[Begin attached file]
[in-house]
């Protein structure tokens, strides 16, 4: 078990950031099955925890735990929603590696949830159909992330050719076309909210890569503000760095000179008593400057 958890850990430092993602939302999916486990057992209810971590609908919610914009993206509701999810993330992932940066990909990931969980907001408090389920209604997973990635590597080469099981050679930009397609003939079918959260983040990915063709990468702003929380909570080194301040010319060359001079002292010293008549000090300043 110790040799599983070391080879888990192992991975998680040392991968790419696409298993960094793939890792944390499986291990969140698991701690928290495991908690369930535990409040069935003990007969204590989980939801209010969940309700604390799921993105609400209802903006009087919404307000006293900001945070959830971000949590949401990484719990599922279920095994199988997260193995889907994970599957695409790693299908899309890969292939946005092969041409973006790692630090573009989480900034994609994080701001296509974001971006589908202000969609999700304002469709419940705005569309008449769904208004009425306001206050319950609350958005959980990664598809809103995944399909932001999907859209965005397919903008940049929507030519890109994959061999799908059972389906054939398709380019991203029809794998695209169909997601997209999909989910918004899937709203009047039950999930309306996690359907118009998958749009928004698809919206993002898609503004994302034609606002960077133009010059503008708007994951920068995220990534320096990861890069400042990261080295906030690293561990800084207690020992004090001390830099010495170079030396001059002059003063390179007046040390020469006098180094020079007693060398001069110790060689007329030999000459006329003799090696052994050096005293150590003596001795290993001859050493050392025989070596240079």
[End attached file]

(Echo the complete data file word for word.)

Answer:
[in-house]
């Protein structure tokens, strides 16, 4: 078990950031099955925890735990929603590696949830159909992330050719076309909210890569503000760095000179008593400057 958890850990430092993602939302999916486990057992209810971590609908919610914009993206509701999810993330992932940066990909990931969980907001408090389920209604997973990635590597080469099981050679930009397609003939079918959260983040990915063709990468702003929380909570080194301040010319060359001079002292010293008549000090300043 110790040799599983070391080879888990192992991975998680040392991968790419696409298993960094793939890792944390499986291990969140698991701690928290495991908690369930535990409040069935003990007969204590989980939801209010969940309700604390799921993105609400209802903006009087919404307000006293900001945070959830971000949590949401990484719990599922279920095994199988997260193995889907994970599957695409790693299908899309890969292939946005092969041409973006790692630090573009989480900034994609994080701001296509974001971006589908202000969609999700304002469709419940705005569309008449769904208004009425306001206050319950609350958005959980990664598809809103995944399909932001999907859209965005397919903008940049929507030519890109994959061999799908059972389906054939398709380019991203029809794998695209169909997601997209999909989910918004899937709203009047039950999930309306996690359907118009998958749009928004698809919206993002898609503004994302034609606002960077133009010059503008708007994951920068995220990534320096990861890069400042990261080295906030690293561990800084207690020992004090001390830099010495170079030396001059002059003063390179007046040390020469006098180094020079007693060398001069110790060689007329030999000459006329003799090696052994050096005293150590003596001795290993001859050493050392025989070596240079």